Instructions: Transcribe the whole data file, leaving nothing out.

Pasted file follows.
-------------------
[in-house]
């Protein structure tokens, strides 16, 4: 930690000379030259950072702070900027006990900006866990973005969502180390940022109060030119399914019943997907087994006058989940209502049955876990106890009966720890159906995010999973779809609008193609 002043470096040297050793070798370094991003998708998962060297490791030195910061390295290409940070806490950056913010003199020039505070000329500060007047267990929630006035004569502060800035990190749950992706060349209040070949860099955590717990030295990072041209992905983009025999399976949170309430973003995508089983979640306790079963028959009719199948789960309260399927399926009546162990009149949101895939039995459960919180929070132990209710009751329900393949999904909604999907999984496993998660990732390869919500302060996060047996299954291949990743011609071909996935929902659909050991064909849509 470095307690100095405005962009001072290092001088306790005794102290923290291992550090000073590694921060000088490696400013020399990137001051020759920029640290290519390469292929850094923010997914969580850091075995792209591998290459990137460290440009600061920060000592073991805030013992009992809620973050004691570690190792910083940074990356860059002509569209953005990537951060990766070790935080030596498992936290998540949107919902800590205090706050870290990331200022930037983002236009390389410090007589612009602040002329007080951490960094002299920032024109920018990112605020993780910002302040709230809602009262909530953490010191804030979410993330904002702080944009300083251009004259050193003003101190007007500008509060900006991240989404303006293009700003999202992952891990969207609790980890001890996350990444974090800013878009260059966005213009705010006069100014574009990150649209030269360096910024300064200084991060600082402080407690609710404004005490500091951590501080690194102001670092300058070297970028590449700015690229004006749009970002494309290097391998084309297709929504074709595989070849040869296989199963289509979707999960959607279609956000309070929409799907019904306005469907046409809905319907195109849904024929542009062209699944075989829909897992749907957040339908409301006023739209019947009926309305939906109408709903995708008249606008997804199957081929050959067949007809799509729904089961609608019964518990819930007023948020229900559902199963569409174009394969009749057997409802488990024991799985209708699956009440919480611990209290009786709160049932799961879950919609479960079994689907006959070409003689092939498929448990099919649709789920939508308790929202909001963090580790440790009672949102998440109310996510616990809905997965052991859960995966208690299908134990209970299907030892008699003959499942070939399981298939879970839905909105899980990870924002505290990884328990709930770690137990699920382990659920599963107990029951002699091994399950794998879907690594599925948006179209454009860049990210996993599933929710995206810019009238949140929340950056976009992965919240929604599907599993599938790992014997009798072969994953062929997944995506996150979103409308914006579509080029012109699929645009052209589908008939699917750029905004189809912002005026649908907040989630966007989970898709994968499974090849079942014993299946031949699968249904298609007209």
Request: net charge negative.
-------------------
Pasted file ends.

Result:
[in-house]
């Protein structure tokens, strides 16, 4: 930690000379030259950072702070900027006990900006866990973005969502180390940022109060030119399914019943997907087994006058989940209502049955876990106890009966720890159906995010999973779809609008193609 002043470096040297050793070798370094991003998708998962060297490791030195910061390295290409940070806490950056913010003199020039505070000329500060007047267990929630006035004569502060800035990190749950992706060349209040070949860099955590717990030295990072041209992905983009025999399976949170309430973003995508089983979640306790079963028959009719199948789960309260399927399926009546162990009149949101895939039995459960919180929070132990209710009751329900393949999904909604999907999984496993998660990732390869919500302060996060047996299954291949990743011609071909996935929902659909050991064909849509 470095307690100095405005962009001072290092001088306790005794102290923290291992550090000073590694921060000088490696400013020399990137001051020759920029640290290519390469292929850094923010997914969580850091075995792209591998290459990137460290440009600061920060000592073991805030013992009992809620973050004691570690190792910083940074990356860059002509569209953005990537951060990766070790935080030596498992936290998540949107919902800590205090706050870290990331200022930037983002236009390389410090007589612009602040002329007080951490960094002299920032024109920018990112605020993780910002302040709230809602009262909530953490010191804030979410993330904002702080944009300083251009004259050193003003101190007007500008509060900006991240989404303006293009700003999202992952891990969207609790980890001890996350990444974090800013878009260059966005213009705010006069100014574009990150649209030269360096910024300064200084991060600082402080407690609710404004005490500091951590501080690194102001670092300058070297970028590449700015690229004006749009970002494309290097391998084309297709929504074709595989070849040869296989199963289509979707999960959607279609956000309070929409799907019904306005469907046409809905319907195109849904024929542009062209699944075989829909897992749907957040339908409301006023739209019947009926309305939906109408709903995708008249606008997804199957081929050959067949007809799509729904089961609608019964518990819930007023948020229900559902199963569409174009394969009749057997409802488990024991799985209708699956009440919480611990209290009786709160049932799961879950919609479960079994689907006959070409003689092939498929448990099919649709789920939508308790929202909001963090580790440790009672949102998440109310996510616990809905997965052991859960995966208690299908134990209970299907030892008699003959499942070939399981298939879970839905909105899980990870924002505290990884328990709930770690137990699920382990659920599963107990029951002699091994399950794998879907690594599925948006179209454009860049990210996993599933929710995206810019009238949140929340950056976009992965919240929604599907599993599938790992014997009798072969994953062929997944995506996150979103409308914006579509080029012109699929645009052209589908008939699917750029905004189809912002005026649908907040989630966007989970898709994968499974090849079942014993299946031949699968249904298609007209």
Request: net charge negative.